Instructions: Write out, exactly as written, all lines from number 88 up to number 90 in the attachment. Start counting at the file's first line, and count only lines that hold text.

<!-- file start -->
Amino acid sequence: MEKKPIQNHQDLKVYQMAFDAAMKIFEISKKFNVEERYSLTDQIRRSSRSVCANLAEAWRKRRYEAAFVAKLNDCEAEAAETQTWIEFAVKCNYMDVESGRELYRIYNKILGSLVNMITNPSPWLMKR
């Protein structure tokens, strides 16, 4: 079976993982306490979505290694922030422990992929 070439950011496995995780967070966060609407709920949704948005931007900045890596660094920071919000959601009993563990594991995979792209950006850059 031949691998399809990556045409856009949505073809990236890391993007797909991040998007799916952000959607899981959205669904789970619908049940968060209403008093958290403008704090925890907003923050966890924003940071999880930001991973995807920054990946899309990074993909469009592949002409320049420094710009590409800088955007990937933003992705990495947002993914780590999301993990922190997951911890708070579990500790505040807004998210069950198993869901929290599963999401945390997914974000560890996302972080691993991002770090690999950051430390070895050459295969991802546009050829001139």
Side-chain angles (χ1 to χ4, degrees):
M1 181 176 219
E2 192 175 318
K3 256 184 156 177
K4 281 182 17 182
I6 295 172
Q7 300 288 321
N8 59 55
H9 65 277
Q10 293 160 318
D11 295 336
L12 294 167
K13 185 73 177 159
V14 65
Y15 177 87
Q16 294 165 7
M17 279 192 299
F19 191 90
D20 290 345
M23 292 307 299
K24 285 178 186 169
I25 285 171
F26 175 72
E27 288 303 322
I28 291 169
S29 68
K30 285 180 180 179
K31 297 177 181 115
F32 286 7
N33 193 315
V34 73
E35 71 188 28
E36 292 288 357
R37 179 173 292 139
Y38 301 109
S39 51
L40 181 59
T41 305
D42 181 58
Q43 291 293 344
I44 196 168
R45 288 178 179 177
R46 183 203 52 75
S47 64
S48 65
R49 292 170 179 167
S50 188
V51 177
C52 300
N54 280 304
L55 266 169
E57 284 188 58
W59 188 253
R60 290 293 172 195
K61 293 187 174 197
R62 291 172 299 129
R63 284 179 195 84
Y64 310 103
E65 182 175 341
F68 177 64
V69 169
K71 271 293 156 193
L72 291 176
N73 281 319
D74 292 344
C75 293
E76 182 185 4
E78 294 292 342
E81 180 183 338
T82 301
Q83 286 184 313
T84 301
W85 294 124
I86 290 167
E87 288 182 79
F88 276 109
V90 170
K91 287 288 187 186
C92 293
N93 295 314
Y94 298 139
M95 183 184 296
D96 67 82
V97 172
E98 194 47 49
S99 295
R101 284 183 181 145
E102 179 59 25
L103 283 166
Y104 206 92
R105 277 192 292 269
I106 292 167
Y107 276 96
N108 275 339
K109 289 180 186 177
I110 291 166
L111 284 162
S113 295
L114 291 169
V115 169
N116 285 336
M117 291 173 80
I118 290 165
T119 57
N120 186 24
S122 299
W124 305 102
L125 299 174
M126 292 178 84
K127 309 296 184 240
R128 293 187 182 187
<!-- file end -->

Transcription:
S99 295
R101 284 183 181 145
E102 179 59 25